Sunday, January 22, 2012

Refuge / The capacity to love arising from savasana (the corpse pose)

(Source for the above quote)

This morning I woke up at 2 a.m. feeling some grief and PTSD-related emotional distress and then chose to enter into what turned out to be a three-hour meditation, mostly positioned in variations of the yoga pose named savasana, with some drifting back into sleep as well as trying to stay with body sensations and mental imagery, not the thoughts that had disturbed my sleep and stirred up my emotions. There were shifts in and out of distress, some tears, some moments of joy. Whenever I would become aware that I was thinking, I would focus my attention on body sensations and the imagery that arises from them. I found refuge in the capacity to love that arose from the savasana practice.

At 5 a.m. as I got up from the savasana meditation I noticed my copy of Gentle Wilderness: Sierra Nevada where it leans with its book cover facing my bed, on the bookshelf next to my bed.

I remembered sitting side-by-side on a couch with Richard, looking through his brother's copy of the book, page by page, reading John Muir's words and looking at the splendid photos. It was not long after he had returned from Vietnam. Richard had brought me to his brother and sister-in-law's apartment to look at that book. Richard had said, "I know you will love this book, too. You are a poet and an artist."

I remembered driving from Modesto to Yosemite with Richard on my 52nd birthday, after not having seen him since 1986, the year before my recovery from bulimia and anorexia began. It was the day before his 52nd birthday. He was not feeling well but wanted to drive up to Yosemite in the Sierra Nevada. As we approached the gates of Yosemite on Highway 120, Richard quietly said, "Amanda, I have suffered enough today. Let's go back to Modesto."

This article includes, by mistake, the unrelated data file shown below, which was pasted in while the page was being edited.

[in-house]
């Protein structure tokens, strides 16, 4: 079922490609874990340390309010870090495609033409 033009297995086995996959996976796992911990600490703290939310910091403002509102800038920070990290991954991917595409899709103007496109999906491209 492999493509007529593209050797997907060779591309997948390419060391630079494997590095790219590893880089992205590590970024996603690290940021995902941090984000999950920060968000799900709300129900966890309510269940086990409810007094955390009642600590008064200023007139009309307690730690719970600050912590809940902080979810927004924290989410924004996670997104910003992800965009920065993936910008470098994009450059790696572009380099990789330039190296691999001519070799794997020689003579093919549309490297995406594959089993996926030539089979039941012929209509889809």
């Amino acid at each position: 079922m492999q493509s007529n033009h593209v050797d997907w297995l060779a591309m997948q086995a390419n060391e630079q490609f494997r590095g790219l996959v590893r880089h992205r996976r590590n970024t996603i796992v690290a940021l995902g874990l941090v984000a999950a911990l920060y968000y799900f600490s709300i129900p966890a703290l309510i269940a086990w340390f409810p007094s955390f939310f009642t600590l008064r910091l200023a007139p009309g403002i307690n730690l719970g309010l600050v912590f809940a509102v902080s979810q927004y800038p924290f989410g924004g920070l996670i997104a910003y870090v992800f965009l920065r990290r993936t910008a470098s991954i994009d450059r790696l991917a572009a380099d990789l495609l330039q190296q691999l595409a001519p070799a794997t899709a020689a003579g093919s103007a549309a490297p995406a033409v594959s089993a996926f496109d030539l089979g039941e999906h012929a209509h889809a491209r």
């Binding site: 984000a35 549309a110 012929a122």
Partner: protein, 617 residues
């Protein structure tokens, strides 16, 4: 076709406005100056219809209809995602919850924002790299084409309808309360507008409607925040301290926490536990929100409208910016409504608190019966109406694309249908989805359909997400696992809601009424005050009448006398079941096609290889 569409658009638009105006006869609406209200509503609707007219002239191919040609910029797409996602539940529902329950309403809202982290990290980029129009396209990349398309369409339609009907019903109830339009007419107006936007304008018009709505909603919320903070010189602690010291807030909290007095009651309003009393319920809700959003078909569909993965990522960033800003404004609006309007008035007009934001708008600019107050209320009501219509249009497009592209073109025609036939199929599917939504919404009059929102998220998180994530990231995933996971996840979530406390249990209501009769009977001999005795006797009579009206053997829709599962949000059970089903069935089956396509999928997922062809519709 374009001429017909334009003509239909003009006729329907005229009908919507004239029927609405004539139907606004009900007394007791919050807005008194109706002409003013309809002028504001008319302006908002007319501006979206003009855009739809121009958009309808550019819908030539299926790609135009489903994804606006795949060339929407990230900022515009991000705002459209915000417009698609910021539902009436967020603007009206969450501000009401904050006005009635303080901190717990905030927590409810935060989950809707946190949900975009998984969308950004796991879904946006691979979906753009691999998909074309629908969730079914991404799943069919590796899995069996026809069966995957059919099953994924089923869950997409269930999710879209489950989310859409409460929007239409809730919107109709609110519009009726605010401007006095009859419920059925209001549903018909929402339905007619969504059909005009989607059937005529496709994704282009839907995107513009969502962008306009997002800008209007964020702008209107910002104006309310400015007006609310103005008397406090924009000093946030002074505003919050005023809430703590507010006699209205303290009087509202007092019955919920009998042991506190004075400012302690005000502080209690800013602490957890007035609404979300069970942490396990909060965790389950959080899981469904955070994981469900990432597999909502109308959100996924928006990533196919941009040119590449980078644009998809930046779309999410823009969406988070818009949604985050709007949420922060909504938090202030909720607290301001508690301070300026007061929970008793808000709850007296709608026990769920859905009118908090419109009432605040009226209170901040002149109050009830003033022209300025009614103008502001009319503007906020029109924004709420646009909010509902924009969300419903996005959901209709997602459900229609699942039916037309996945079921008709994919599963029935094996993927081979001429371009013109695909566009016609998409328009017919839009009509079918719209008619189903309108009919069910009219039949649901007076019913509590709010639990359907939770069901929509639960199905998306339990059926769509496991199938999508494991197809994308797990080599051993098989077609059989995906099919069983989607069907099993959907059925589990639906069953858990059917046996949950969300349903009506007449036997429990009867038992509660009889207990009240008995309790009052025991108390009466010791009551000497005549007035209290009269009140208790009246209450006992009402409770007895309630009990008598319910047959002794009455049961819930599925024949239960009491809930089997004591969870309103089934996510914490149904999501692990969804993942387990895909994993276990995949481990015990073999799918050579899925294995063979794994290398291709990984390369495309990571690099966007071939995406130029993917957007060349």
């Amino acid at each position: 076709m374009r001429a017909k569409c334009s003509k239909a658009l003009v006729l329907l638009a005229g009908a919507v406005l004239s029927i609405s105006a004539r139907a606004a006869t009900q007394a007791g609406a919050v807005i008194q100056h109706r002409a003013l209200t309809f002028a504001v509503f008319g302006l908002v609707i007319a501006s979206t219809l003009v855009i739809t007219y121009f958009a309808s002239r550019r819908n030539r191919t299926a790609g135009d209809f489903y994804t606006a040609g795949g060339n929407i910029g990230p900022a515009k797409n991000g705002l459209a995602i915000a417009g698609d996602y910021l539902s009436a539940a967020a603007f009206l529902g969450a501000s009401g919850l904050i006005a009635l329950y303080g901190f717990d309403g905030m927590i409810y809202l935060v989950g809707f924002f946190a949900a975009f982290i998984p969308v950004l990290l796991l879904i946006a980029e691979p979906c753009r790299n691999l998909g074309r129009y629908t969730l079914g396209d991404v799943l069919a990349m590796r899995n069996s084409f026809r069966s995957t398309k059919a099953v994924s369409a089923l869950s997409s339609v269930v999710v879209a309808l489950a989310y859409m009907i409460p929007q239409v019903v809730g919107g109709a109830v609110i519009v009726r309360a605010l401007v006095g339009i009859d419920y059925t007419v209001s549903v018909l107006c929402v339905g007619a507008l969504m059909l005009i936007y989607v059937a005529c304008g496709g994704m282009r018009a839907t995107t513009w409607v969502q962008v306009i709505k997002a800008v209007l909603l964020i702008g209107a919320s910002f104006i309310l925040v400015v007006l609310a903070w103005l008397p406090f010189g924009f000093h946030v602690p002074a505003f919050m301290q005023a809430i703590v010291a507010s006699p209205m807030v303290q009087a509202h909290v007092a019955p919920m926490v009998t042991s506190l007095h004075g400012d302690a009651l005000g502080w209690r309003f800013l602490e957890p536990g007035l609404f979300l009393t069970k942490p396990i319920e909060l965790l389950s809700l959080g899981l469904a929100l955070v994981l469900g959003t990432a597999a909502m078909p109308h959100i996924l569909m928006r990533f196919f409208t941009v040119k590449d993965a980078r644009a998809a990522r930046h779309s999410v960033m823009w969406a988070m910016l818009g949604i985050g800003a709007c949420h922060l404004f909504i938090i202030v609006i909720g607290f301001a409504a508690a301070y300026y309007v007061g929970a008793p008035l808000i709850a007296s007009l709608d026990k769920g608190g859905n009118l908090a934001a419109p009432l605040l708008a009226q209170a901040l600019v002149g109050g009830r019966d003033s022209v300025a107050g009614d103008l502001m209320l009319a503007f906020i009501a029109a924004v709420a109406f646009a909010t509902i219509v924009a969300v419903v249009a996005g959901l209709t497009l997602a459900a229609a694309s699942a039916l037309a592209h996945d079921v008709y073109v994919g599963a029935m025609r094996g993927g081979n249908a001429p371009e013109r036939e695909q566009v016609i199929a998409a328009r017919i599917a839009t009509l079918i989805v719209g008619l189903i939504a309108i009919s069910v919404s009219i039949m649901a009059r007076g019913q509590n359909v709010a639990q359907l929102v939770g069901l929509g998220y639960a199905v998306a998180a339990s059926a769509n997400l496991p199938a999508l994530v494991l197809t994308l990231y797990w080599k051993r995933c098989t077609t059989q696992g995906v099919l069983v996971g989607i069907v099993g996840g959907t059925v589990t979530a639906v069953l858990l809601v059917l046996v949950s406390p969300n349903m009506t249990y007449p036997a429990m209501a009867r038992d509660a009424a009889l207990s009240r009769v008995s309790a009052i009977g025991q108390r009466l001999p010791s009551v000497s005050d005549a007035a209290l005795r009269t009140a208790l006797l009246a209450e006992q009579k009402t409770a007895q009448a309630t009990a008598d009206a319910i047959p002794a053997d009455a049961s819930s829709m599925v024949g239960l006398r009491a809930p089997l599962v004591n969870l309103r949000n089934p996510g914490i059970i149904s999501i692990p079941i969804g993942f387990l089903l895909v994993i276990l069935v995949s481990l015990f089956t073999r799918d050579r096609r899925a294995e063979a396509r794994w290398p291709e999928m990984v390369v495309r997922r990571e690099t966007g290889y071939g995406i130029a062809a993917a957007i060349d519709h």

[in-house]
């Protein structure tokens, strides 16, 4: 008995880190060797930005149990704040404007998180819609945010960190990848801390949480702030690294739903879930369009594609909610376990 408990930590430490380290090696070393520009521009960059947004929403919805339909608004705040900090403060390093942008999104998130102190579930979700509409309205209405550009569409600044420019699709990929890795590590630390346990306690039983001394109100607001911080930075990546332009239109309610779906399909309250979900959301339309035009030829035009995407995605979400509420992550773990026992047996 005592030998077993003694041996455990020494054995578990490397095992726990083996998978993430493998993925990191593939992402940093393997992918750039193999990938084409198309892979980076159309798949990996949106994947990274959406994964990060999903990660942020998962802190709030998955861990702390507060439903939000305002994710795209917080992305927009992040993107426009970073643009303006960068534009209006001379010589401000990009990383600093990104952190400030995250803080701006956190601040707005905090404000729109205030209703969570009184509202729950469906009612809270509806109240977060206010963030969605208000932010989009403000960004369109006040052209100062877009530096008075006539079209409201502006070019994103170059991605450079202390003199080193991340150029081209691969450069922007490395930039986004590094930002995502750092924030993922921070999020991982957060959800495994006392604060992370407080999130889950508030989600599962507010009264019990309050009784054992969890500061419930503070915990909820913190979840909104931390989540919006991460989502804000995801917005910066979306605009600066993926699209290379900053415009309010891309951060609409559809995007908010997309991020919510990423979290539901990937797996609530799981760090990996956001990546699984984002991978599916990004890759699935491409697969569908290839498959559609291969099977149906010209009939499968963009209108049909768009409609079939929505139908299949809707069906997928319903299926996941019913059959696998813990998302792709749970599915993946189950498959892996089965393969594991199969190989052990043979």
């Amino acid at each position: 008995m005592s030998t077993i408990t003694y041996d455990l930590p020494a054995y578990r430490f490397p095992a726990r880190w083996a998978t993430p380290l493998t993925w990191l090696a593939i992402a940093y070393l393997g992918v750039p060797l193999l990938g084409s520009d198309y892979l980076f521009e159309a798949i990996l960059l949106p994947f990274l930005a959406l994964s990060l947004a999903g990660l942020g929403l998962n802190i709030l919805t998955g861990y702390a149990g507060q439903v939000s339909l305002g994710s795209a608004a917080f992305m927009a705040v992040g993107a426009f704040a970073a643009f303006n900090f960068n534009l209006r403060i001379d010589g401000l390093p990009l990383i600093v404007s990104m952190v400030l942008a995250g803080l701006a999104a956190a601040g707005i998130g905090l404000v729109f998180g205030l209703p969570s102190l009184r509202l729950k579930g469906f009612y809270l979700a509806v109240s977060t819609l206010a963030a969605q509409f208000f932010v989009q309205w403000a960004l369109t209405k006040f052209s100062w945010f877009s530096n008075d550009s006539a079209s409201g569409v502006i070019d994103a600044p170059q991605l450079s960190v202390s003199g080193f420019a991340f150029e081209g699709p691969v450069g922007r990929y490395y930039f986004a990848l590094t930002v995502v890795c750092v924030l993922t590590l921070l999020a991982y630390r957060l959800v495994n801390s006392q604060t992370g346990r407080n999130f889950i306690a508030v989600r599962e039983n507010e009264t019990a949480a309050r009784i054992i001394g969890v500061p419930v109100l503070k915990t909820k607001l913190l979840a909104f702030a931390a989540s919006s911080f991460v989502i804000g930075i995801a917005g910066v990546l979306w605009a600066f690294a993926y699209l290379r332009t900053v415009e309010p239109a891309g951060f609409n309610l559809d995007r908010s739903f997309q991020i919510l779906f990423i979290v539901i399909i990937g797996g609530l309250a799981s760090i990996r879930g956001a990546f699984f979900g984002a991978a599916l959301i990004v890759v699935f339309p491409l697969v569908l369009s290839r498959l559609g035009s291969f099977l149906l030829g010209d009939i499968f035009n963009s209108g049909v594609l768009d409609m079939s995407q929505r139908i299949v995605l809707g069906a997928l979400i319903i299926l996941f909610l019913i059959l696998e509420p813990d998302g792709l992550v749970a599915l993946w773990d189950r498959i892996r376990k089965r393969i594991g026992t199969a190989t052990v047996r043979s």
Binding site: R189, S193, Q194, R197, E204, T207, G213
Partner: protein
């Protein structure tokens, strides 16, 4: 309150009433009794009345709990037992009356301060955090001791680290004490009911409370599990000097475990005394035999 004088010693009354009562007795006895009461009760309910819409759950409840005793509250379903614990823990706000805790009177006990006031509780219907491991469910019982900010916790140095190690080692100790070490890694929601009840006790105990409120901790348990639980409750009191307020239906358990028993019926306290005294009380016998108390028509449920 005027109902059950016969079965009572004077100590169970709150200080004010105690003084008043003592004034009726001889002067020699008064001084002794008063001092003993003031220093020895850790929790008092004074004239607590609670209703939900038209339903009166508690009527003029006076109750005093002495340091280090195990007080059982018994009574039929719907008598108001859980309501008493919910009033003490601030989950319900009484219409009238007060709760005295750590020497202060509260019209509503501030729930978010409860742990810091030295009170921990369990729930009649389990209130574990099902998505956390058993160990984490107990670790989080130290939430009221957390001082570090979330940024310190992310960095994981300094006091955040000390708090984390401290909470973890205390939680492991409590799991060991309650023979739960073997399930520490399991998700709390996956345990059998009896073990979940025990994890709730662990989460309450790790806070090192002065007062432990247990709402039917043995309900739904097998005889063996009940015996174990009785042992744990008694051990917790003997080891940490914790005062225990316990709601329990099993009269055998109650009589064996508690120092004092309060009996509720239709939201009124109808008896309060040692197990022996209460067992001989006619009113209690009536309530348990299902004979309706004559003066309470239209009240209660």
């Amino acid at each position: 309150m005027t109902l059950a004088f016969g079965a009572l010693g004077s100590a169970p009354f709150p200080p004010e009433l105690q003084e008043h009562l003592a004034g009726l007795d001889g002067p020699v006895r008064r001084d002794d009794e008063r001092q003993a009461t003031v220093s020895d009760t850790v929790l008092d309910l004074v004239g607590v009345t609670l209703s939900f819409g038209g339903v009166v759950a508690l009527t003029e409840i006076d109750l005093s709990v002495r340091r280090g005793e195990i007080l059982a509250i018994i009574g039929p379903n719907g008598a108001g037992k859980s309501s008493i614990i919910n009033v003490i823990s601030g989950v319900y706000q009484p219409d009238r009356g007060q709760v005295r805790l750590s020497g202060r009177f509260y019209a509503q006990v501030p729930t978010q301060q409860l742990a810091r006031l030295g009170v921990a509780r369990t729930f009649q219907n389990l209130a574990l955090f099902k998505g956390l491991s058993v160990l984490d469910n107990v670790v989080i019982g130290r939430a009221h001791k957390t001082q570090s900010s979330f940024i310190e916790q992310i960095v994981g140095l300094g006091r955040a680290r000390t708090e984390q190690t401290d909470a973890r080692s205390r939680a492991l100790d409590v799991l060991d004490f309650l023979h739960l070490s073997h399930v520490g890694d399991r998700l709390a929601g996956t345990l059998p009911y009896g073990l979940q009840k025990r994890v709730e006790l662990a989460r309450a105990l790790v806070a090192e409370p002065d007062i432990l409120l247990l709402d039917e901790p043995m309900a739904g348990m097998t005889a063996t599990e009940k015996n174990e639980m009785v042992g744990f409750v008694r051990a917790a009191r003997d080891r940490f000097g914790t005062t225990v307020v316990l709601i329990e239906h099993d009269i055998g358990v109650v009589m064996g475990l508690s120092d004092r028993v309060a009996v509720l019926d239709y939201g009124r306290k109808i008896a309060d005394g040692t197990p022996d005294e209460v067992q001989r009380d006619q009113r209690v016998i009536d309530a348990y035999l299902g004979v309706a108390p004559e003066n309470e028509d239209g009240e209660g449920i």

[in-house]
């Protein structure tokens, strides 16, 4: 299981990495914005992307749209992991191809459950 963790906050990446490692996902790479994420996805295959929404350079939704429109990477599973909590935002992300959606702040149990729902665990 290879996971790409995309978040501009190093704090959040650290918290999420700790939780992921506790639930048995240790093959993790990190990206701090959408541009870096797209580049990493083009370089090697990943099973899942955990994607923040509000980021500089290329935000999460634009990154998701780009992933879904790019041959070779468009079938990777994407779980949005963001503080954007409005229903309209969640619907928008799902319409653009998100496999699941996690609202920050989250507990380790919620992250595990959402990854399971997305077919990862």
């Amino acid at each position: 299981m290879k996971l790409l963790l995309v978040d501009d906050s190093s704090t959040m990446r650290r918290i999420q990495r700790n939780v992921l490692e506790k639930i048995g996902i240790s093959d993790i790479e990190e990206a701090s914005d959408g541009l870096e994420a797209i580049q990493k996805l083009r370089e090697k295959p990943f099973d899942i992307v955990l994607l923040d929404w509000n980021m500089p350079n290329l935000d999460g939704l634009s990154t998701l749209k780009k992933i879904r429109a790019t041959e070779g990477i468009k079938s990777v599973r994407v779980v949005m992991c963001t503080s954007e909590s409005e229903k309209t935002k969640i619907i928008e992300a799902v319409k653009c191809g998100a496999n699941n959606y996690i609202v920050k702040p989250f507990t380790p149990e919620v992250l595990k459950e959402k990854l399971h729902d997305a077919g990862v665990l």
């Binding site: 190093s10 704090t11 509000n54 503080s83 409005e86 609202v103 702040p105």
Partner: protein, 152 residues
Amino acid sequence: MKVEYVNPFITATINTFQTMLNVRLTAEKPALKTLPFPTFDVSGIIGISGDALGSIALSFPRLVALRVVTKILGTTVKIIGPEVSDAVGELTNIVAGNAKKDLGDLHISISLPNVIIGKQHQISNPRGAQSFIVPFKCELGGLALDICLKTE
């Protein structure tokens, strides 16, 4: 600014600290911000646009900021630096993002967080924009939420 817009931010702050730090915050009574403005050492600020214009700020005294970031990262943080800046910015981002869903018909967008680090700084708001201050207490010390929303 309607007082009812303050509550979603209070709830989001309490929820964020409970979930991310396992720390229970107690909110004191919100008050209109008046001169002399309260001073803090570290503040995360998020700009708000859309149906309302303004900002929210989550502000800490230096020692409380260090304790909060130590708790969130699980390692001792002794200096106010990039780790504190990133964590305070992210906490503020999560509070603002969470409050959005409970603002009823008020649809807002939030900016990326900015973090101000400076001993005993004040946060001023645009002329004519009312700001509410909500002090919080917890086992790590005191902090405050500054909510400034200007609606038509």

I remembered driving alone from Manteca to Yosemite on my birthday in 2008, a little more than five months after I had spent four days with Richard in the ICU at the Palo Alto VA Hospital during the week before he died. As I passed through the gates of Yosemite on Highway 120, I knew that this delayed and long-awaited experience would be an ongoing gift from Richard, and it has been just that. As I took in the landscape that John Muir and so many before and after him have loved, I experienced the capacity to love that I had first felt at the ocean, even before I met Richard. It was no coincidence that I met Richard while walking next to the ocean when we were both 17 years old. It was no coincidence that I felt love as I entered Yosemite that clear sunny day in October 2008.

It is always my hope that sharing my experience by telling these stories can benefit others.

I've been in the studio for about three hours today working on this post, grateful for the renewal of creative energy that comes with blogging and the recent desire to do other art work as well.

"You will always, for the rest of your life, feel some grief over this death. It will no longer dominate your life, but it will always be there, in the background, reminding you of the love you had for the person who died."
(Alan D. Wolfelt, from Understanding Your Grief)


The Solitary Walker said...

Yes, this grief will always be there — as part of your life, but perhaps not over-dominating it.

Thank you for this helping and healing personal narrative, Amanda — personal, yet universal in its themes and touchstones.

Taradharma said...

when memories and emotions tied to those memories come, it is as if no time at all has passed. the power of it can be overwhelming.

thank you for sharing your memories and experiences. I agree with Solitary Walker, very personal and yet universal. So exceptionally human.